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Hawaiian Airlines Adapts to Technical Challenges by Extending Airbus A330 Lease

Facing technical setbacks related to Boeing 787-9 deliveries and Pratt & Whitney engine issues, Hawaiian Airlines has taken strategic measures to ensure the smooth operation of their flights. The airline has decided to extend the lease of four Airbus A330-200 aircraft that were originally slated to be returned next year as Boeing prepared to deliver their first Boeing 787-9 Dreamliners.

However, unforeseen engine inspections on the Pratt & Whitney GTF PW1100G engines, which power the Airbus A321neo aircraft, could potentially ground up to four of them simultaneously, disrupting the flight schedule.

In response to this challenge, Hawaiian Airlines chose to prolong the leases of their A330 aircraft to cover for the A321neo's downtime during inspections and potential repairs. Currently, the airline has two A321neo planes grounded for mandatory inspections, leading to flight cancellations. Peter Ingram, the CEO of Hawaiian Airlines, acknowledged that they expect to have between two to four aircraft out of service in the coming months due to mandatory inspections and possible engine repairs.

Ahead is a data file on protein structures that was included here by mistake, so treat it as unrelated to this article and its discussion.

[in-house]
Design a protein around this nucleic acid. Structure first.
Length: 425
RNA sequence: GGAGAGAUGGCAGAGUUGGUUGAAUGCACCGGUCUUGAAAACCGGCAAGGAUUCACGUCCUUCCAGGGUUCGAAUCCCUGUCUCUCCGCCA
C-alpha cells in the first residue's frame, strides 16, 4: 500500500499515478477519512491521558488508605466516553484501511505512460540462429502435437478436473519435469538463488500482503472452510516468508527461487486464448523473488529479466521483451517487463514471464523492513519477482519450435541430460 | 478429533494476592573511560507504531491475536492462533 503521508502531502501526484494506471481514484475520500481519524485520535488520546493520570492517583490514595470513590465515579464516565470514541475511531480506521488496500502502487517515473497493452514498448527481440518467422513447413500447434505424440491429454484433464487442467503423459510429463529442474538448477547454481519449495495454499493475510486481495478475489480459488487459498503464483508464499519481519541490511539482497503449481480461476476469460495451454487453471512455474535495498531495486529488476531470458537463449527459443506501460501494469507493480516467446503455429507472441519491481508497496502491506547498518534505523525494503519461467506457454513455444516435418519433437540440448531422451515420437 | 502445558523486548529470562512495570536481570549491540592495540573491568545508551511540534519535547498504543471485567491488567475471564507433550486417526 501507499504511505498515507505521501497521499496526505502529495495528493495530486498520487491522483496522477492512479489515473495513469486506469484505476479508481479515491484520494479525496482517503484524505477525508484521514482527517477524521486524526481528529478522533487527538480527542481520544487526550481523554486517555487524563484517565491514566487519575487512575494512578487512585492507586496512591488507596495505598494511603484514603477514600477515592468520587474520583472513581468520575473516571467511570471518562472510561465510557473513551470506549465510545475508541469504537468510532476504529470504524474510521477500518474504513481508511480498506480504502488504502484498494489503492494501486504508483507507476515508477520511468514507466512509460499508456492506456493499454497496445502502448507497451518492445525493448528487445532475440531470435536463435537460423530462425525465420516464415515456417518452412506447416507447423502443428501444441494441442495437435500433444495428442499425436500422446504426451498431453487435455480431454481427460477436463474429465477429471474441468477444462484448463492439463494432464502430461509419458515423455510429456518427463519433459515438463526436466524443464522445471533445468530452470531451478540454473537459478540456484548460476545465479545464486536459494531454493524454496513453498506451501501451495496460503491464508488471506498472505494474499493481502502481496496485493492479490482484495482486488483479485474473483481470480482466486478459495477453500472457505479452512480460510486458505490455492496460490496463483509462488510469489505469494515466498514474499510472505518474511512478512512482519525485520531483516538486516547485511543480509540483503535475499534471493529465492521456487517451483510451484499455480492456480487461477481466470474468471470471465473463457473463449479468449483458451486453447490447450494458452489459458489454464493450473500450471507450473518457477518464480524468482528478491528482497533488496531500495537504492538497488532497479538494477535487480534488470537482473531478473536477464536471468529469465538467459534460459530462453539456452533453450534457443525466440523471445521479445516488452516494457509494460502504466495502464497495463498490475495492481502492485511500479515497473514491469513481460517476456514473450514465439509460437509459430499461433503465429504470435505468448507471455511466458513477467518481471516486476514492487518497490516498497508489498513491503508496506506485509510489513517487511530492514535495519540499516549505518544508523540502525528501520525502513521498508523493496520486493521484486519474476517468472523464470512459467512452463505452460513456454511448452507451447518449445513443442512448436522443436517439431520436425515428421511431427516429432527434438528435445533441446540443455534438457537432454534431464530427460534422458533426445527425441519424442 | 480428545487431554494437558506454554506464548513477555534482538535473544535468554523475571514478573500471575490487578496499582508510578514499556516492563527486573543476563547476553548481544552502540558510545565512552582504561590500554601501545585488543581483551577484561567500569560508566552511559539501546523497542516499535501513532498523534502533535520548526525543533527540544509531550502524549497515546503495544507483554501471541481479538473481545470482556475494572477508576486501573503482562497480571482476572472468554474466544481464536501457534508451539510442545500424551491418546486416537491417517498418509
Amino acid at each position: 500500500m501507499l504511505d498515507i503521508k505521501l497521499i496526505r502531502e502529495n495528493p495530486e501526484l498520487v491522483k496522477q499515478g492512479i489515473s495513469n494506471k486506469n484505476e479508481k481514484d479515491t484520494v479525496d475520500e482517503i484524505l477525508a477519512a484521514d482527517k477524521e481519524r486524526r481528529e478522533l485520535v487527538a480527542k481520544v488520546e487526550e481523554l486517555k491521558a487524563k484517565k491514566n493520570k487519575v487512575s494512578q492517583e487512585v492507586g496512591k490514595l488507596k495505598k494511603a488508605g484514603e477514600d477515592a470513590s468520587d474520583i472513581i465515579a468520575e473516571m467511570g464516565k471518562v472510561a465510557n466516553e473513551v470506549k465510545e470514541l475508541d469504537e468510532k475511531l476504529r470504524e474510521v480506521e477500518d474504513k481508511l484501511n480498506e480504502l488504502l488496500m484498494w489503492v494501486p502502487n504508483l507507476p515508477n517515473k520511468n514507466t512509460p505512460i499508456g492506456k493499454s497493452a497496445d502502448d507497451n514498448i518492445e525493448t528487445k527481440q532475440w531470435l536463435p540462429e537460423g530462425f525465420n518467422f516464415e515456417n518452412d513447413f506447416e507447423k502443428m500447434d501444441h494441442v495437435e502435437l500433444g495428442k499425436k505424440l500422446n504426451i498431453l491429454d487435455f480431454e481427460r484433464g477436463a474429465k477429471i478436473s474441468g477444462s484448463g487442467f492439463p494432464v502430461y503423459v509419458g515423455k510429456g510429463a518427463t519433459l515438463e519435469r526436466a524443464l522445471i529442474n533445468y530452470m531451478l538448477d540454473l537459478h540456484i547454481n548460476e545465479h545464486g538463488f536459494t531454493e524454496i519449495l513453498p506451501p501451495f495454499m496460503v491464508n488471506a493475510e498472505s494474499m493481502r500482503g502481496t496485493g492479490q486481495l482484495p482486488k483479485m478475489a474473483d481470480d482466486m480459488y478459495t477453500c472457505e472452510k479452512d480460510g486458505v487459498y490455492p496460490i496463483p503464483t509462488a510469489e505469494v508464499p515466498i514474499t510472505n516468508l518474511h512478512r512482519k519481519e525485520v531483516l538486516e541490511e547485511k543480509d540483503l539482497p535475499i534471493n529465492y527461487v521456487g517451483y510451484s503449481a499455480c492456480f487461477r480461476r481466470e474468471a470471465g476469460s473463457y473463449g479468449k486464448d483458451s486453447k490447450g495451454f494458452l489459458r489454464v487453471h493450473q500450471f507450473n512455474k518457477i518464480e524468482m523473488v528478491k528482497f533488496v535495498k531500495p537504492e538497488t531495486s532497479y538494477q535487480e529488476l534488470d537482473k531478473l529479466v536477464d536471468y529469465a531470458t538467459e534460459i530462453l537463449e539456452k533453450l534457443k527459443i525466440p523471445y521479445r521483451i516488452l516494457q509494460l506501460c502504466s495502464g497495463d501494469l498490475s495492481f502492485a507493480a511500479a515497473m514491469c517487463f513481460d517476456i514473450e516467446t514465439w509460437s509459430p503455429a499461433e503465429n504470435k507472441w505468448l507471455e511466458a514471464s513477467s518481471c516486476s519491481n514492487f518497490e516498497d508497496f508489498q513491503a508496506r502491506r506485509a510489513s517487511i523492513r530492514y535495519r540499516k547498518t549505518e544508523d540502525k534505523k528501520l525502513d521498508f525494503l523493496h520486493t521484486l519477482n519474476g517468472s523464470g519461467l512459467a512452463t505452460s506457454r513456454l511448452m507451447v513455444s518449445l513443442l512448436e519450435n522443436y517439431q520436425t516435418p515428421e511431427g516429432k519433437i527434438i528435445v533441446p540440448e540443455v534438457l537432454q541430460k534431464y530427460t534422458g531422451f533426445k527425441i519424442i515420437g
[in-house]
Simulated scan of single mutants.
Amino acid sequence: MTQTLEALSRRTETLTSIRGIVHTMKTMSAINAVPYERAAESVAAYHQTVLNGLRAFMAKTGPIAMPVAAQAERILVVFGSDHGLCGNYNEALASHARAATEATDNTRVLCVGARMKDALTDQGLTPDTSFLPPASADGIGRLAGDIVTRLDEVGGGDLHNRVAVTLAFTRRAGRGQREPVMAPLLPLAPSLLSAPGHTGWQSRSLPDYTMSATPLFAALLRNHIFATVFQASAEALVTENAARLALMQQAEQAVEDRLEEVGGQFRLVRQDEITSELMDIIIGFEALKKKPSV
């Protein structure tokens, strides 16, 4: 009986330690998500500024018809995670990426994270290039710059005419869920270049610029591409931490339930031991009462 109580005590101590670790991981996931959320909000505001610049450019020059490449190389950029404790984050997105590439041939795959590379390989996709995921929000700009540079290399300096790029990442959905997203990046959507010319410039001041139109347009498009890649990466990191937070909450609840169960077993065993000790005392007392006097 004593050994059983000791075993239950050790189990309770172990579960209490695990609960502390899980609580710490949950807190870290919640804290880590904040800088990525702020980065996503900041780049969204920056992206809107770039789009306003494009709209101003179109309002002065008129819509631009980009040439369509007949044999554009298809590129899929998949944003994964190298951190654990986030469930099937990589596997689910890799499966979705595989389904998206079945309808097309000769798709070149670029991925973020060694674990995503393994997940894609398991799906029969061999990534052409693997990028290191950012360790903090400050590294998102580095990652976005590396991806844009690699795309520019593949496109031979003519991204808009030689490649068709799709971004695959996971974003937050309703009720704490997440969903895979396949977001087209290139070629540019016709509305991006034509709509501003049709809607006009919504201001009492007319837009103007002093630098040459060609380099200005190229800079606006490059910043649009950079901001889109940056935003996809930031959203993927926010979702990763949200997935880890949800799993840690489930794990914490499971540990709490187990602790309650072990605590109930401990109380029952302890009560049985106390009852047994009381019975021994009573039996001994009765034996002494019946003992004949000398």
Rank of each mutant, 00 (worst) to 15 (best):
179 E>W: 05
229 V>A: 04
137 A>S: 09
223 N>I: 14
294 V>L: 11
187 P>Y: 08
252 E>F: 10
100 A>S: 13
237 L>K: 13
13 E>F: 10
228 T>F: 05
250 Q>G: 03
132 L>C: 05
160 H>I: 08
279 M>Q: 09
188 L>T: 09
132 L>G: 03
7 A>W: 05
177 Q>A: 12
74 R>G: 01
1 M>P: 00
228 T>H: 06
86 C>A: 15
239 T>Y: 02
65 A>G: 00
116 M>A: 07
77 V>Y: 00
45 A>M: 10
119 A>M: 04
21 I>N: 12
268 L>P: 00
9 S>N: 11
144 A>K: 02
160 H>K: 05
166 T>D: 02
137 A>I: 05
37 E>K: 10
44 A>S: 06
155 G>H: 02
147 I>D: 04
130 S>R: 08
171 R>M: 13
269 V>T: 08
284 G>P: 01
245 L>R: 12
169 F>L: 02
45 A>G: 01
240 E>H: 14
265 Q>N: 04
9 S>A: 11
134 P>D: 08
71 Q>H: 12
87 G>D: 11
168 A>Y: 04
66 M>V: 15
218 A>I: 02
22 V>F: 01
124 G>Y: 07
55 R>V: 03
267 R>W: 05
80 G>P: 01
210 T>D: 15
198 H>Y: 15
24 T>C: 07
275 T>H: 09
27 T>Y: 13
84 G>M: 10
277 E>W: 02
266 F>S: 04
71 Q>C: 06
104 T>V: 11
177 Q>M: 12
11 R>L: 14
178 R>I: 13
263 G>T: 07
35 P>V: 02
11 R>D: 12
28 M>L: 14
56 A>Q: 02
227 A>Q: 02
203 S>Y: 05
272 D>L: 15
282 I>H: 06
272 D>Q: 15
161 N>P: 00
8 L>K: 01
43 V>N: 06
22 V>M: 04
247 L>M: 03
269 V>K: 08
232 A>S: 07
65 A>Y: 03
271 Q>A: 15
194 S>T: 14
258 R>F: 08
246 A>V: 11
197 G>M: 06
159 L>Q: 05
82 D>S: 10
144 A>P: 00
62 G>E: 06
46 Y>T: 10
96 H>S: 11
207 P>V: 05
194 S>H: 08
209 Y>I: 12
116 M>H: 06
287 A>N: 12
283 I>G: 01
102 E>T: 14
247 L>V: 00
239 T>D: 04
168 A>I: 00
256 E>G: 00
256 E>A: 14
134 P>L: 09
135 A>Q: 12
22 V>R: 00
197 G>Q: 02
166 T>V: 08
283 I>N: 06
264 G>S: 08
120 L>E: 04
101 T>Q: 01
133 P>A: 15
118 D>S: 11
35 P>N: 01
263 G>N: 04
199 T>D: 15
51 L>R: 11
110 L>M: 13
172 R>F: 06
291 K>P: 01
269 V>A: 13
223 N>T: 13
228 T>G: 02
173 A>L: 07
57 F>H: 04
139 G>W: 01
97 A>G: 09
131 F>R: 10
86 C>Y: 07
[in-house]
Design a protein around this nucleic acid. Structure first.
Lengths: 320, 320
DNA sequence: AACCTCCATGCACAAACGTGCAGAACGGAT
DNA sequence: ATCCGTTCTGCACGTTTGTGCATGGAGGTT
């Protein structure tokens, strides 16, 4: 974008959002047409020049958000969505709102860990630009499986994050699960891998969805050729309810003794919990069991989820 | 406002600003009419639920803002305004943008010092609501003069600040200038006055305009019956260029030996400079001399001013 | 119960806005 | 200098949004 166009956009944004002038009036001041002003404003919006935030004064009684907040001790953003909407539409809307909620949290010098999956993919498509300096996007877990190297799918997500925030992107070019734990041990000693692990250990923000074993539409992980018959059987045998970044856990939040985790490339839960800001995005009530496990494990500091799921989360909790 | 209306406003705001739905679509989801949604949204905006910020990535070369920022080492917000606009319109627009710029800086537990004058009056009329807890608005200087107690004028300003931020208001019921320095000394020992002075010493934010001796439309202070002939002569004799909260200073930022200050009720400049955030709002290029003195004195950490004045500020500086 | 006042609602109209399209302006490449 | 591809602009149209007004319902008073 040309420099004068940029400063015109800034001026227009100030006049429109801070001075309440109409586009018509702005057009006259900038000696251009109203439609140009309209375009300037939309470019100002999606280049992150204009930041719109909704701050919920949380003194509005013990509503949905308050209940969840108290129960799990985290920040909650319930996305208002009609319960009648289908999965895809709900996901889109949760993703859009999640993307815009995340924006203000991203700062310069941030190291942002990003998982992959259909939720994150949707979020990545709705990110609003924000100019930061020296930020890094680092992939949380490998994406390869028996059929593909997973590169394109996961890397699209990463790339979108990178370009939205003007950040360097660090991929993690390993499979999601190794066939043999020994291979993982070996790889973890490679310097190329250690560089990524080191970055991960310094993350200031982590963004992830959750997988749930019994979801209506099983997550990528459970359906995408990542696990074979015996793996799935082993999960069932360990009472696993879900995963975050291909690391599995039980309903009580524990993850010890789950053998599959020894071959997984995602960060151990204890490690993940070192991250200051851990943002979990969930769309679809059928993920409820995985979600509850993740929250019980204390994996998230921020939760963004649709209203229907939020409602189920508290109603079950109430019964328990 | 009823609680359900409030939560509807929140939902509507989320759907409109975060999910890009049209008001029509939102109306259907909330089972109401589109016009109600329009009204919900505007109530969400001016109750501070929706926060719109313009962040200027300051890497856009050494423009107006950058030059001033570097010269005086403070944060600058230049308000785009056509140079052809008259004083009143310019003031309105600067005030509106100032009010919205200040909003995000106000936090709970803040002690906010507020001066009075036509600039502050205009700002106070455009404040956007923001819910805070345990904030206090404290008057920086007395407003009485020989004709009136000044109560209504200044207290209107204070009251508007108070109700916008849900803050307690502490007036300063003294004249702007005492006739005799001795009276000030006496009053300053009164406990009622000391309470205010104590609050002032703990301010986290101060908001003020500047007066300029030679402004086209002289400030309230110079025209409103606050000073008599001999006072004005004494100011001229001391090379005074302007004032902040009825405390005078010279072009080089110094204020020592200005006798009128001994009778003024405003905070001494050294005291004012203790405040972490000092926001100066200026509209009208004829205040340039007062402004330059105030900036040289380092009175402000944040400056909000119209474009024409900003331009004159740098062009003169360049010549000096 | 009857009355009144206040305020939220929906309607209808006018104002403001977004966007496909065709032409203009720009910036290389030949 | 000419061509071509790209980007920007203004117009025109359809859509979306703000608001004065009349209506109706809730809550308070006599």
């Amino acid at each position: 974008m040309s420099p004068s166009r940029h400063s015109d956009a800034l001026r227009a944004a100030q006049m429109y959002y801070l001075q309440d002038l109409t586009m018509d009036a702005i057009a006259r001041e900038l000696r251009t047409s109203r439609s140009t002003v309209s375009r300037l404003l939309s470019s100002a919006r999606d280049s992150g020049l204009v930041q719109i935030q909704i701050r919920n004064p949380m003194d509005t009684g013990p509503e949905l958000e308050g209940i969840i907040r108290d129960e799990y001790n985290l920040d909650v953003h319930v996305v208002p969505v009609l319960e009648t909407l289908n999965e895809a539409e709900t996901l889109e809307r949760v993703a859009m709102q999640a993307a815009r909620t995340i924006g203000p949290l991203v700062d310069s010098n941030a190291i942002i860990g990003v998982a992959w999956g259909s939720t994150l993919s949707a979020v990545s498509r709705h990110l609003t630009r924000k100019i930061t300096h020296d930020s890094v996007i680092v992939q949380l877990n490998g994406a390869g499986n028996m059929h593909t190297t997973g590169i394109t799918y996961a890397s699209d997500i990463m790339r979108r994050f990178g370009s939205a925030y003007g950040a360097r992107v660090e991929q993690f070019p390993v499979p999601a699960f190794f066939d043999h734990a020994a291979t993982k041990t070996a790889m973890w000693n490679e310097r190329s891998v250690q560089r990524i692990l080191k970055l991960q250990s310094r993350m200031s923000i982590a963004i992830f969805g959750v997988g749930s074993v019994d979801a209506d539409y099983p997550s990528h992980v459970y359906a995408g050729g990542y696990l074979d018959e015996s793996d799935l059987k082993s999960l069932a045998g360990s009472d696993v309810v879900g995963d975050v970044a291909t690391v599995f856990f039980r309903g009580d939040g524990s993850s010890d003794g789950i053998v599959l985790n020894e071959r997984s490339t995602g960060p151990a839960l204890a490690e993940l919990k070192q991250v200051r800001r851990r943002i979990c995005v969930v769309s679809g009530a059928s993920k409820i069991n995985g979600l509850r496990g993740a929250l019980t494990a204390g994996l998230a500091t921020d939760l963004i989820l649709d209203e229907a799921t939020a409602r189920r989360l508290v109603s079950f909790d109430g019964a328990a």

However, he anticipates gradual improvement in the situation by 2024 as spare parts and engines become more readily available. He also mentioned that Hawaiian Airlines has reached a short-term compensation agreement with Pratt & Whitney due to their inability to provide replacement parts on time, although discussions for more substantial compensation are ongoing.

Technical and Economic Implications of Engine Inspections

The Pratt & Whitney PW1100G geared engines were initially highly sought after for their fuel-saving promise when introduced for the Neo versions of the A320 family several years ago. However, recent issues have emerged, raising concerns about the engines. Contrary to expectations, the problems are not related to the gearbox that reduces the revolutions per minute of the main fan against those of the low-pressure compressor. The latest problems have been attributed to contaminated materials used in the production of certain engine components. These issues are affecting all operators of Pratt & Whitney's GTF engines, not just Airbus A320 family aircraft.

As a result, all affected aircraft will eventually need to be grounded for necessary inspections and potential component replacements, incurring substantial costs for the airlines. Hawaiian Airlines is not the only carrier grappling with this challenge. In the United States, airlines such as JetBlue, Spirit, Frontier, and Delta operate Airbus aircraft equipped with these engines. Similarly, in Mexico, both Volaris and Viva Aerobus will face disruptions due to the required inspections and repairs in the coming months.

The aviation industry, along with Pratt & Whitney, continues to work on solutions to ensure the reliability and safety of these engines, which are crucial for the efficiency and performance of modern aircraft. Hawaiian Airlines' decision to extend the lease of their A330 aircraft demonstrates their commitment to minimizing operational disruptions and ensuring a smooth travel experience for their passengers amidst these technical challenges.

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